Step 2 - Know your Customer

We've posted about this before, but now its time to hit it from the branding angle. I have but one question for you, "Who is your brand's customer?".

Can you describe to me one person, not a group, just one realistic person who would be a likely customer of your brand? (darn, that was two questions wasn't it? now three! ack!!)

Most people I've seen do this will invent a customer (that link is awesome BTW check it out!). Let's use our sample brand again.
"Daring, Thrilling, Romantic, Action Packed, Exotic"
This is all IMO, but this brand's customer is Stacy. In my mind, Stacy is a college graduate who works an office job of some kind. She's probably in her 20's or 30's and drives a pretty long way to work. She dreams of travel and struggles with work/life balance. She's in a relationship, but maybe not married. I don't think she has kids yet.

I immediately feel like Stacy probably uses audio books more than ebooks. Her commute likely takes away a lot of her reading time. So having an audio format is important for reaching her as a customer.

(Sorry if your name is Stacy and this doesn't match you haha)

Now, don't feel like you have to have only one customer. Make up more if you want.

ok.. maybe this is too many...

I'm sure that, for most authors, the most likely customer is, well, yourself. That's certainly true of Rachel and it's true of many authors I've met as well. She is the target customer of her brand. Fortunately, 30 something educated white ladies buy and read a lot of books. They aren't the only demographic reading her books though, not by a majority even.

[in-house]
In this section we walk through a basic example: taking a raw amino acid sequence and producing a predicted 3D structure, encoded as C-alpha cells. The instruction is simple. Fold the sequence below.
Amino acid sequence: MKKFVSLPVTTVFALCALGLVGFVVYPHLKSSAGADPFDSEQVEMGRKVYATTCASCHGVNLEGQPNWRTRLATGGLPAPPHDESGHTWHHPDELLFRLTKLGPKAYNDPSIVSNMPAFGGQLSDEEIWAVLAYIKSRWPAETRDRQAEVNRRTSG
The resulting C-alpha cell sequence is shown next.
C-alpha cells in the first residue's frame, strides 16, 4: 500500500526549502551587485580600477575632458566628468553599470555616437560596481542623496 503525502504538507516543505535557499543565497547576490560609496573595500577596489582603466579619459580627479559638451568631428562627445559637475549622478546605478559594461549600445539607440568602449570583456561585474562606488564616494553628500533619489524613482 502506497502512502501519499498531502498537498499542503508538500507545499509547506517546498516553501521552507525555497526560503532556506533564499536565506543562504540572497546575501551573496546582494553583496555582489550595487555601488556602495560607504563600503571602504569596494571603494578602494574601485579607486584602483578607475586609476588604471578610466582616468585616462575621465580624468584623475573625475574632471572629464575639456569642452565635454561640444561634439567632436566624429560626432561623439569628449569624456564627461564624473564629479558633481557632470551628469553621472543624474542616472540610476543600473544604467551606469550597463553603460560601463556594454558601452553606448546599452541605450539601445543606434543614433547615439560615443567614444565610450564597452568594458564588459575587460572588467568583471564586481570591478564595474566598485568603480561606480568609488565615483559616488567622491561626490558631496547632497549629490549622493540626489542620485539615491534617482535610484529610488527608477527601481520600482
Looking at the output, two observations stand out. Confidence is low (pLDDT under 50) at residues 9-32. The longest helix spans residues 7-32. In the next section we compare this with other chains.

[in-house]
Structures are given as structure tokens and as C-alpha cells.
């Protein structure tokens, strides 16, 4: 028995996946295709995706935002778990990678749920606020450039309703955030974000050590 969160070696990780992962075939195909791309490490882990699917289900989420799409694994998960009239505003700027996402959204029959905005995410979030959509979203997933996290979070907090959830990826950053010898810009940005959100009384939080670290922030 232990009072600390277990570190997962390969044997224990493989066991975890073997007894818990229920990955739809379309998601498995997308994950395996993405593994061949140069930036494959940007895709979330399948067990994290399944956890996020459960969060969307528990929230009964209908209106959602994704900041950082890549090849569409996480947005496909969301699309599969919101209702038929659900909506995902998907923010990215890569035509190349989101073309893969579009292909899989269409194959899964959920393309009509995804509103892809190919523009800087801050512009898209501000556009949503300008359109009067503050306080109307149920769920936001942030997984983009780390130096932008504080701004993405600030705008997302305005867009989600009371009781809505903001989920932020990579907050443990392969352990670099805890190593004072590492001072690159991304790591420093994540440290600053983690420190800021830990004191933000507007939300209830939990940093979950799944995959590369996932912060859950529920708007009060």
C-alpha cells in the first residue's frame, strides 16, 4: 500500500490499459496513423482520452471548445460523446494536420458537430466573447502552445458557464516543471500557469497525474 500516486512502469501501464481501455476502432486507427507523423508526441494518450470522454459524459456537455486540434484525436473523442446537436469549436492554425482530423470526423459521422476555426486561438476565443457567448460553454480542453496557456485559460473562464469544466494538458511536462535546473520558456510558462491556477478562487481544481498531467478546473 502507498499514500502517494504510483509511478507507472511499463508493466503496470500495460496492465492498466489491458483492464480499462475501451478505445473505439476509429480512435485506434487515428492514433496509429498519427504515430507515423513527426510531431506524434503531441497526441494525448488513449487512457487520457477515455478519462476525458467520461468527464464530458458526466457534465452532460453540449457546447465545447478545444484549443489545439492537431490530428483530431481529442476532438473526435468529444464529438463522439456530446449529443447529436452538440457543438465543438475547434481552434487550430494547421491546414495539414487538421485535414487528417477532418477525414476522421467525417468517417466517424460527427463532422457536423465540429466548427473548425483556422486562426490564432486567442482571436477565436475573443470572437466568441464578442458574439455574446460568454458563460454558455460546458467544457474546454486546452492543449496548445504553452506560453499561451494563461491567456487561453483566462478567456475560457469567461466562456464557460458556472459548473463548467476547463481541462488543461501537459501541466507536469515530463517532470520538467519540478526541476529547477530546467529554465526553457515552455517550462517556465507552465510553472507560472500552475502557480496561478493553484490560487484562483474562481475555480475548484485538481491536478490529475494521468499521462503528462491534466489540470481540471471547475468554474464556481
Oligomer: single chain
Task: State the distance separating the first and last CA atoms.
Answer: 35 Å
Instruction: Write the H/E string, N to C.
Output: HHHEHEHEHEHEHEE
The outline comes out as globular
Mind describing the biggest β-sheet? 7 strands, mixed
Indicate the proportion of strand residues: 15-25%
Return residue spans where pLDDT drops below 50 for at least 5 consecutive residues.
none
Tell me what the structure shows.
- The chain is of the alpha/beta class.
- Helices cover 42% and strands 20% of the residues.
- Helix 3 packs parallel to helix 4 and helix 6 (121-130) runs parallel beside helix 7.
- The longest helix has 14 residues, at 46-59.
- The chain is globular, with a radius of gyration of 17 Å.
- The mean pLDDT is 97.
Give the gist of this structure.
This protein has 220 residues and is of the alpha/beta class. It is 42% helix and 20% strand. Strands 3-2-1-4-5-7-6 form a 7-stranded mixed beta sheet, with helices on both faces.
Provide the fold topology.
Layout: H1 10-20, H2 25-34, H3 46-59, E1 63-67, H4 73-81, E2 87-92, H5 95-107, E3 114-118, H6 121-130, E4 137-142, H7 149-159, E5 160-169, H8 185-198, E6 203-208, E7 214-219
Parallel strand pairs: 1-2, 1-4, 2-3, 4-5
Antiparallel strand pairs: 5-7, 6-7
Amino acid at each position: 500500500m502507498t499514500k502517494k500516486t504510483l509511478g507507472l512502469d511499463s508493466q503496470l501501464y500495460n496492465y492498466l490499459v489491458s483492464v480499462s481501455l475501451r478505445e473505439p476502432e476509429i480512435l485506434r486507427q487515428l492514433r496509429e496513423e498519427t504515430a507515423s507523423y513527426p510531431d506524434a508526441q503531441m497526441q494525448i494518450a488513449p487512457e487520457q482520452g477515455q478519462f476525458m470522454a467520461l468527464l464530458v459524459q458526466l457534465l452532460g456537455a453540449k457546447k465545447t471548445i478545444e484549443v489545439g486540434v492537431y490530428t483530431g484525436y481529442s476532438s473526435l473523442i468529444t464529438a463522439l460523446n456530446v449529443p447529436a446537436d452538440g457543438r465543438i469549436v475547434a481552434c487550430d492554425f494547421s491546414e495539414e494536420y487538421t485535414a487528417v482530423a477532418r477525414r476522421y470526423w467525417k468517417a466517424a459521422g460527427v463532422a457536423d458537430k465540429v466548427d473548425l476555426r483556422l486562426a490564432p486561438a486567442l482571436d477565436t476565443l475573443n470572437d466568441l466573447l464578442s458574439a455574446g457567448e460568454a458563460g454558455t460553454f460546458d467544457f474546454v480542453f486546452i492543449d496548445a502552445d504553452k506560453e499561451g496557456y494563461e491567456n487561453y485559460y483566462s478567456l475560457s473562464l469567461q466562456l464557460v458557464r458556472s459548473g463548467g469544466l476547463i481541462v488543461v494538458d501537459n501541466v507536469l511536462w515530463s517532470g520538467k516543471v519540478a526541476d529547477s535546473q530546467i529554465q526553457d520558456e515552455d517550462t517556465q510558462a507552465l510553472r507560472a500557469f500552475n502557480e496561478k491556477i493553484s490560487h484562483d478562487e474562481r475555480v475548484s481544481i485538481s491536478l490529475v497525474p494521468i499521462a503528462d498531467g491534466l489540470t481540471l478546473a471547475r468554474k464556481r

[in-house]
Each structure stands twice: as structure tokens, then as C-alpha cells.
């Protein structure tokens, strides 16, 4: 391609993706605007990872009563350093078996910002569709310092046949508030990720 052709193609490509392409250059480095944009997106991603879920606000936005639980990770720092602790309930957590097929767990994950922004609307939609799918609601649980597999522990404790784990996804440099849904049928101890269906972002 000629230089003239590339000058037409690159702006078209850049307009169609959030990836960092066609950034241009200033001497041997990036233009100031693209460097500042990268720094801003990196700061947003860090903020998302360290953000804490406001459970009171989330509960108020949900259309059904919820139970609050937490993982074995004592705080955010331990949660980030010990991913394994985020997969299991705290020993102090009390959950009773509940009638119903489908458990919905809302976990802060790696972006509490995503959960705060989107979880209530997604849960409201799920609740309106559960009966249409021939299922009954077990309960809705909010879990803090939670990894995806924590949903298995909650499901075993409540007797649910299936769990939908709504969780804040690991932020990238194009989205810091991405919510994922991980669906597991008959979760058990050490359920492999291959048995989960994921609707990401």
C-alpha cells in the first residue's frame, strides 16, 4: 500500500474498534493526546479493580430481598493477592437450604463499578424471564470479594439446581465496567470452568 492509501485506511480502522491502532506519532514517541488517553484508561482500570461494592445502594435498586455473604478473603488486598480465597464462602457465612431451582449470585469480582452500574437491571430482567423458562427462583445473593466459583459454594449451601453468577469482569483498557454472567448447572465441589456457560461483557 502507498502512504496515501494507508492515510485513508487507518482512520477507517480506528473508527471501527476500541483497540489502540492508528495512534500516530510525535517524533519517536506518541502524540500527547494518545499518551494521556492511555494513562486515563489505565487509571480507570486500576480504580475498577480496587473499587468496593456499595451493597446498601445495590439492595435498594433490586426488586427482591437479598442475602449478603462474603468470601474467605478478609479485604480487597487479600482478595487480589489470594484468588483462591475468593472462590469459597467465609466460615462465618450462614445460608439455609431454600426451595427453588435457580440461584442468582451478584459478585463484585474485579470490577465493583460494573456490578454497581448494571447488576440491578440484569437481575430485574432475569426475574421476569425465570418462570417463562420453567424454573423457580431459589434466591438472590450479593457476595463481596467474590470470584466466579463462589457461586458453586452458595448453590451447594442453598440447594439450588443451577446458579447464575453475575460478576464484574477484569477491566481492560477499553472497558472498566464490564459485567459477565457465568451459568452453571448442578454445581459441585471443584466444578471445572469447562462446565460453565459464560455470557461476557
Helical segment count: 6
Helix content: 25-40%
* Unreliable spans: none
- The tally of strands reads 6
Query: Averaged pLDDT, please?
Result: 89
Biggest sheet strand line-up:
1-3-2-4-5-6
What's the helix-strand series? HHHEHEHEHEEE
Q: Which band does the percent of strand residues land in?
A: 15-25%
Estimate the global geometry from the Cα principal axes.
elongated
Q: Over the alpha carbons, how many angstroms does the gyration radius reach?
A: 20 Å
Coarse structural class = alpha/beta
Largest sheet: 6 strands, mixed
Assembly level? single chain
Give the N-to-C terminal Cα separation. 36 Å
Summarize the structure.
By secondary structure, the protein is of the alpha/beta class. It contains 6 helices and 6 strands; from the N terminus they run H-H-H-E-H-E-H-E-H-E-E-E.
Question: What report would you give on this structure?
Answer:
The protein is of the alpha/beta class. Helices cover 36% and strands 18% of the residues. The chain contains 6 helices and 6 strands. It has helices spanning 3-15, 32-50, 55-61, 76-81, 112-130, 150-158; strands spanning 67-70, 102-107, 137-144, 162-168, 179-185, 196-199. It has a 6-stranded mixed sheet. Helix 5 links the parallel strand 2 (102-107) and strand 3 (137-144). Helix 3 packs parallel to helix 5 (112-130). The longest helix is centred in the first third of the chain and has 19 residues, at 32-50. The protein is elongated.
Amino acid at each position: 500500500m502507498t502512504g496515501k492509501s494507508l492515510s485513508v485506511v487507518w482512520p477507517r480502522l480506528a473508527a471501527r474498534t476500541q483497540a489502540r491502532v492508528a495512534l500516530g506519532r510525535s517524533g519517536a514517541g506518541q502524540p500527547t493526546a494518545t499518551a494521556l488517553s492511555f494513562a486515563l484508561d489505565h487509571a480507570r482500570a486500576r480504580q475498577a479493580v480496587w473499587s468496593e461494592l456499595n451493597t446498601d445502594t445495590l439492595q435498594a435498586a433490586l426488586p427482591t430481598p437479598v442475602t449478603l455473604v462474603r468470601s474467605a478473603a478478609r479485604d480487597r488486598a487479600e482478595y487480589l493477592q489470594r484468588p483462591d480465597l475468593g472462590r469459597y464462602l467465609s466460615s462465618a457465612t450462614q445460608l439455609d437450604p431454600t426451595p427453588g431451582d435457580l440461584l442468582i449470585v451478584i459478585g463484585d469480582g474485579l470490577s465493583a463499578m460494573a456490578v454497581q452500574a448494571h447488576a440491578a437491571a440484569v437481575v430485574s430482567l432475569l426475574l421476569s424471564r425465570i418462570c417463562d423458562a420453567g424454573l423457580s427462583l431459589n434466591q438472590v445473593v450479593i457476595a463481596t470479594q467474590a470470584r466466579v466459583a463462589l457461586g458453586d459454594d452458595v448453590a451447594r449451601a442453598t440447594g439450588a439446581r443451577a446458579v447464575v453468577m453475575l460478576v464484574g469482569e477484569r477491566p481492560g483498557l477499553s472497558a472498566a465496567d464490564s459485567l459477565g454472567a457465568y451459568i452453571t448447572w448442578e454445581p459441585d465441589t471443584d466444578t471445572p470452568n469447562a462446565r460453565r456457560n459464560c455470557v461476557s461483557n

Its completely OK to be your own target customer. Most all authors fall into this category. That's great, that means you are writing true to yourself and not bending your creativity over backwards chasing something you don't care about; like the latest trend. (post about this here)

What's important about this exercise isn't to create demographics for marketing targeting either, though that is good to do, its to answer two questions,
  1. Is this customer realistic?
  2. Is this the customer you want to court?
Question 1 is pretty simple. If the fictional people your brand appeals too are completely unrealistic, then you probably have an issue with the appeal power of that brand. You might just appeal to very niche tastes (like occult romantic horror), which is fine and knowing that can help you embark upon a specific strategy to work with it.

(Speaking of which, would anyone be interested in a post about what to do if your writing has super niche appeal?)

Anyway, unrealistic customers at this stage usually means that your brand is likely not specific or clear enough. Go back and do more research. Hit that thesaurus again. Look at books similar to yours and see what words they use. Repeat step 1 and then take another crack at step 2. I think it will be enlightening.

Question 2 is not simple. If you strongly feel your sample customer is right, but feel that they aren't what you want, then you have new soul searching to do. Who are you writing for? Why are you writing what you are writing? I can't answer these questions for you. We've just helped identify the dissonance is all.

Asking Your Target Customer Questions

Having made up some fictional people (ya'll are good at this right? ^_~), it's time to put them to use.

When you are putting together covers, titles, ads, posts, and more, occasionally ask yourself, "Would Stacy buy this?". Stacy being my example of course, your fictional person goes there. You don't have to do it all the time, but doing this exercise regularly will help you keep your brand's appeal on target. 

Here's an excerpt from The Five Rules of a Very Successful Indie Game Creator, my fav part! (They are making a pony mobile game for tweens in this article btw)